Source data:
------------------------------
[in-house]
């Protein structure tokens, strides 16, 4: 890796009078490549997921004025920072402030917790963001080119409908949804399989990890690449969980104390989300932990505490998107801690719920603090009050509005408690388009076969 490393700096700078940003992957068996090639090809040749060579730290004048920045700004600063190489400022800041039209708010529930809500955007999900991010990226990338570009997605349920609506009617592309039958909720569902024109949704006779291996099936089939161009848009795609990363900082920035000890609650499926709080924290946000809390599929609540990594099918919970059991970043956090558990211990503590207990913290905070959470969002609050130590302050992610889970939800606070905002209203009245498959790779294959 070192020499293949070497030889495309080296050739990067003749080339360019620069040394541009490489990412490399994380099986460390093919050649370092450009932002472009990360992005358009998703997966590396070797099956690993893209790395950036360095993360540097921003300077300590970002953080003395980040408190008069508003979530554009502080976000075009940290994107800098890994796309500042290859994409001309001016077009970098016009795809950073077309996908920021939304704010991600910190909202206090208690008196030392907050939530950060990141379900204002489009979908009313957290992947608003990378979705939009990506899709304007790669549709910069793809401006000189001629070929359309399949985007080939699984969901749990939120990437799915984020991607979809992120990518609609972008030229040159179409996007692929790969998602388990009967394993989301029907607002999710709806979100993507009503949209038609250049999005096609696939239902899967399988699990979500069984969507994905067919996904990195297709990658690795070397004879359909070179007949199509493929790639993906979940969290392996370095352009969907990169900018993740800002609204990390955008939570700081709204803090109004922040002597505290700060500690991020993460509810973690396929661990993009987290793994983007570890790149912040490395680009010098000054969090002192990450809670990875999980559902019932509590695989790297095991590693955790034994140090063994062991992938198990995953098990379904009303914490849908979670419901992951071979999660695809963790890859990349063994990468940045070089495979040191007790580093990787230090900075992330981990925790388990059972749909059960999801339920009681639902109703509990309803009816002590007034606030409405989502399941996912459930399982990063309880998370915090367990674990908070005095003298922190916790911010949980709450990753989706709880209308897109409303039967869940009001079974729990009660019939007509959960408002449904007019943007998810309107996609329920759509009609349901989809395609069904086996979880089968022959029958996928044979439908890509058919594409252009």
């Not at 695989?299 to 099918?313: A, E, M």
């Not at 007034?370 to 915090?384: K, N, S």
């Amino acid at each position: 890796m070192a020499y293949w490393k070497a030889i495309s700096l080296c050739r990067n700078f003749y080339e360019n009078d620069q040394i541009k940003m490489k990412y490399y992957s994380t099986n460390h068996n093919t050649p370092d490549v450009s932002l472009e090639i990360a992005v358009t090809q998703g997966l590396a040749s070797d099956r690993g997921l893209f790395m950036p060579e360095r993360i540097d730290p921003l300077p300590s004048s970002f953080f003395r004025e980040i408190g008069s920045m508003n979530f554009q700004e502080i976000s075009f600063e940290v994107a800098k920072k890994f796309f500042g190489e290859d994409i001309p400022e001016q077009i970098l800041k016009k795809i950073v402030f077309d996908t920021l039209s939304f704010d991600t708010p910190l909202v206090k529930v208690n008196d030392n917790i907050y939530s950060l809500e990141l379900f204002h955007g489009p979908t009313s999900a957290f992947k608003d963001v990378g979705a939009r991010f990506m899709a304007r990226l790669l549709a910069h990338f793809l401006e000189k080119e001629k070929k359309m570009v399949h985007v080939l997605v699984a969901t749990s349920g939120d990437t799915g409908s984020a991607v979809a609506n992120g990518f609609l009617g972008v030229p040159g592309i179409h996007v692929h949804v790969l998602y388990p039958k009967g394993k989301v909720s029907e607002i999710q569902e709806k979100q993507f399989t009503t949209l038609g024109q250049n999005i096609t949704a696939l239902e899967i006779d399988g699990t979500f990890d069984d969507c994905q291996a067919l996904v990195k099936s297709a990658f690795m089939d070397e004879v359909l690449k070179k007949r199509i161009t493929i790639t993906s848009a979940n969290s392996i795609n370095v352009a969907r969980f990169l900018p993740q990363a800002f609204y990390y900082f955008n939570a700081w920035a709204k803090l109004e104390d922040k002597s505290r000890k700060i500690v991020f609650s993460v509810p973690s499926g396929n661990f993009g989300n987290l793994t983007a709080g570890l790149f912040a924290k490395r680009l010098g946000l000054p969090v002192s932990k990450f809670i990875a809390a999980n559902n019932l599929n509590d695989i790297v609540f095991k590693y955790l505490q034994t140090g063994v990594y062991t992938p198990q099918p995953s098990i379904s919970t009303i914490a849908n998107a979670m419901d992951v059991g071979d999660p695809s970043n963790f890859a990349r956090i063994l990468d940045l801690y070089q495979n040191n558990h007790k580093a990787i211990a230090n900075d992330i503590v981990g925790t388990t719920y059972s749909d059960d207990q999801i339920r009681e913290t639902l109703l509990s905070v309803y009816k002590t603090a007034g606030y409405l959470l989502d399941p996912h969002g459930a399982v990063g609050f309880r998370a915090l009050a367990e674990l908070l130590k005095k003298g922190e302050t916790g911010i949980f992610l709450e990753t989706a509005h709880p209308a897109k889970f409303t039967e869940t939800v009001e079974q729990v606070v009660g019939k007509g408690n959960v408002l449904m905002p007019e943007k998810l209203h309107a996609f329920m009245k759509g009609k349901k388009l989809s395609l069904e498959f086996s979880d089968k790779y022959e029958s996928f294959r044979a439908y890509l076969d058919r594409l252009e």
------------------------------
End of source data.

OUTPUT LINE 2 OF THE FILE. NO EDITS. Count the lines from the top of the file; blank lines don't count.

């Protein structure tokens, strides 16, 4: 890796009078490549997921004025920072402030917790963001080119409908949804399989990890690449969980104390989300932990505490998107801690719920603090009050509005408690388009076969 490393700096700078940003992957068996090639090809040749060579730290004048920045700004600063190489400022800041039209708010529930809500955007999900991010990226990338570009997605349920609506009617592309039958909720569902024109949704006779291996099936089939161009848009795609990363900082920035000890609650499926709080924290946000809390599929609540990594099918919970059991970043956090558990211990503590207990913290905070959470969002609050130590302050992610889970939800606070905002209203009245498959790779294959 070192020499293949070497030889495309080296050739990067003749080339360019620069040394541009490489990412490399994380099986460390093919050649370092450009932002472009990360992005358009998703997966590396070797099956690993893209790395950036360095993360540097921003300077300590970002953080003395980040408190008069508003979530554009502080976000075009940290994107800098890994796309500042290859994409001309001016077009970098016009795809950073077309996908920021939304704010991600910190909202206090208690008196030392907050939530950060990141379900204002489009979908009313957290992947608003990378979705939009990506899709304007790669549709910069793809401006000189001629070929359309399949985007080939699984969901749990939120990437799915984020991607979809992120990518609609972008030229040159179409996007692929790969998602388990009967394993989301029907607002999710709806979100993507009503949209038609250049999005096609696939239902899967399988699990979500069984969507994905067919996904990195297709990658690795070397004879359909070179007949199509493929790639993906979940969290392996370095352009969907990169900018993740800002609204990390955008939570700081709204803090109004922040002597505290700060500690991020993460509810973690396929661990993009987290793994983007570890790149912040490395680009010098000054969090002192990450809670990875999980559902019932509590695989790297095991590693955790034994140090063994062991992938198990995953098990379904009303914490849908979670419901992951071979999660695809963790890859990349063994990468940045070089495979040191007790580093990787230090900075992330981990925790388990059972749909059960999801339920009681639902109703509990309803009816002590007034606030409405989502399941996912459930399982990063309880998370915090367990674990908070005095003298922190916790911010949980709450990753989706709880209308897109409303039967869940009001079974729990009660019939007509959960408002449904007019943007998810309107996609329920759509009609349901989809395609069904086996979880089968022959029958996928044979439908890509058919594409252009």